Chapter 6: Risk and the Social Sustainability of Innovation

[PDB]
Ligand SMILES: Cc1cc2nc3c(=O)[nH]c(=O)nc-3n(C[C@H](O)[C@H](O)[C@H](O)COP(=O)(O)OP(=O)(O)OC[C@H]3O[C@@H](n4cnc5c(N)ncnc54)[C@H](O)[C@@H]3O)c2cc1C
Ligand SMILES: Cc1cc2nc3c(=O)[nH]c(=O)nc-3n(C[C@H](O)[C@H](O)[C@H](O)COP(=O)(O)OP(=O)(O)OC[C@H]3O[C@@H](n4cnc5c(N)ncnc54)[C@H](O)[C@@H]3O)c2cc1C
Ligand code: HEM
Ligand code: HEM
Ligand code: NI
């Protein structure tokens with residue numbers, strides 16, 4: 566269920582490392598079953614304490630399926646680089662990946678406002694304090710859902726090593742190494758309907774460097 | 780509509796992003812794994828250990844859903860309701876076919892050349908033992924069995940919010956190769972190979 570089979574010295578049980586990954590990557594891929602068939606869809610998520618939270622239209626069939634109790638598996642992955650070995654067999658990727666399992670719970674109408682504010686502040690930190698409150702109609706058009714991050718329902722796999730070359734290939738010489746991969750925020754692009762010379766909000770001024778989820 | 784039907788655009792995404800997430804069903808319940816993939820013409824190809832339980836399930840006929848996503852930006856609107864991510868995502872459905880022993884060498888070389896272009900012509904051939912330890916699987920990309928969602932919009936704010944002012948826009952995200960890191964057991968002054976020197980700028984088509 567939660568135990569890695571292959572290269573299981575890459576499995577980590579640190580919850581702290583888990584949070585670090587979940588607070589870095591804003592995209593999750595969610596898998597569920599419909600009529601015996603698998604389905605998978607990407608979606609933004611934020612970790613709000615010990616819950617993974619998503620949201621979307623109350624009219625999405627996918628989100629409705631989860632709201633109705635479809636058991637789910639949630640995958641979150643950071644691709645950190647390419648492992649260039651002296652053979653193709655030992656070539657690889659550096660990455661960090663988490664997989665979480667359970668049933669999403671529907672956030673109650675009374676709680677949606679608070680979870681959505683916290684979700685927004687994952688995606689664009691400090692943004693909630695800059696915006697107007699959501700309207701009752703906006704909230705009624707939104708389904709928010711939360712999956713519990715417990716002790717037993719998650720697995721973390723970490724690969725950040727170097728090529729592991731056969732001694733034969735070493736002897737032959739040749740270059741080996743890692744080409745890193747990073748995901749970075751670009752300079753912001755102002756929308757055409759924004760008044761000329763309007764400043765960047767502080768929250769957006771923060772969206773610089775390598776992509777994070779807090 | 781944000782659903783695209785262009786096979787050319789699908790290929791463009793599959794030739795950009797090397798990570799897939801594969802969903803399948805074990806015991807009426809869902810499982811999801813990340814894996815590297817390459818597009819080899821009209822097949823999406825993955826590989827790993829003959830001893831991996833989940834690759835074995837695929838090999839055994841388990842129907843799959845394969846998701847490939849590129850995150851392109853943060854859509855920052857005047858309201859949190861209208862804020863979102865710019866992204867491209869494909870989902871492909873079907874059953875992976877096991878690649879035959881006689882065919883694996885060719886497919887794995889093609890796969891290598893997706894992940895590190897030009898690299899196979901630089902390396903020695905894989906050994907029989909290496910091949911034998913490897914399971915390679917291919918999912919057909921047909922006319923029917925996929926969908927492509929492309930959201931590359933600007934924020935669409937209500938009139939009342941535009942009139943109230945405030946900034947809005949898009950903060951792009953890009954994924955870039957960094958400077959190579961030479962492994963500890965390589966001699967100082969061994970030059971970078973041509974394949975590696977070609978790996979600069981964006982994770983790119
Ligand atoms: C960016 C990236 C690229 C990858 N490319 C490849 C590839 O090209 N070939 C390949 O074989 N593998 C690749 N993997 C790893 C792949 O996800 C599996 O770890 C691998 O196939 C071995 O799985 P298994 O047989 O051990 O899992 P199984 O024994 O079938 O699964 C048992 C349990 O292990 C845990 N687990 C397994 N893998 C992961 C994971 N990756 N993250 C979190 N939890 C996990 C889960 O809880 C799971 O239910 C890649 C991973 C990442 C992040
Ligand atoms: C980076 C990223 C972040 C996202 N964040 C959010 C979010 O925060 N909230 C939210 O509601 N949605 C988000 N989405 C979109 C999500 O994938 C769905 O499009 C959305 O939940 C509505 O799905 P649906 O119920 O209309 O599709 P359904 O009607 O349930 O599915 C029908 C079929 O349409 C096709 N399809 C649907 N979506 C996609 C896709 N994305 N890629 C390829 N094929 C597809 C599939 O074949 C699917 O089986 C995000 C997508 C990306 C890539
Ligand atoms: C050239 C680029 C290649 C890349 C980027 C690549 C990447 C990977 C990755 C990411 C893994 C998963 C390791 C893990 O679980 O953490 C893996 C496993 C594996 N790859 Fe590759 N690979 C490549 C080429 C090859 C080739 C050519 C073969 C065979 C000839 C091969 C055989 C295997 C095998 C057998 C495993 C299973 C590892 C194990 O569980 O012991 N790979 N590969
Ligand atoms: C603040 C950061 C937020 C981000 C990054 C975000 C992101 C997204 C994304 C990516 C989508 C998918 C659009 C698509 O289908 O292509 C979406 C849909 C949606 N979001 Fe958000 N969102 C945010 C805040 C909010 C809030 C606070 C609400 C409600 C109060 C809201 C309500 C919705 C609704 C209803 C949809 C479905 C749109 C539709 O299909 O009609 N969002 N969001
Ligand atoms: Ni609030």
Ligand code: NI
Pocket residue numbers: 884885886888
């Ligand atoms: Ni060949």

You would say I have lost my faith in science, and progress... (Sting: ‘If I Ever Lose My Faith in You’) INTRODUCTION Since the second half of the 20th century, there has been increasing criticism of scientific and technological advances. Some examples of this are the popular opposition and concerns related to nuclear energy, environmental pollution’s effect on health, human reproductive technologies, and genetically modified organisms (GMOs). These reactions differ a great deal from country to country (as in the case of environmental pollution awareness), from one period of time to another (anti-nuclear energy groups were particularly strong in the late 1970s), and from issue to issue (human cloning has been universally rejected, whereas opinions about abortion vary considerably). Scientific and technological advances that take place in our industrialized economies constantly pose new social and political questions about the limits to scientific activity and how our society should deal with itself. Answering these questions is a matter of political decision anticipating risks and solving new ethical dilemmas, in what is essentially a matter of collective values and choices. This chapter deals with the former issue, that of risk, as it has been a hot topic of political debate in the EU, and represents in many ways the ‘tip of the iceberg’ of a much wider political and social concern about the ‘governance of science’ in the European Union. What has this to do with innovation policy? The EU’s technology policy of the 1980s was hardly touched by popular dissatisfaction. Most...
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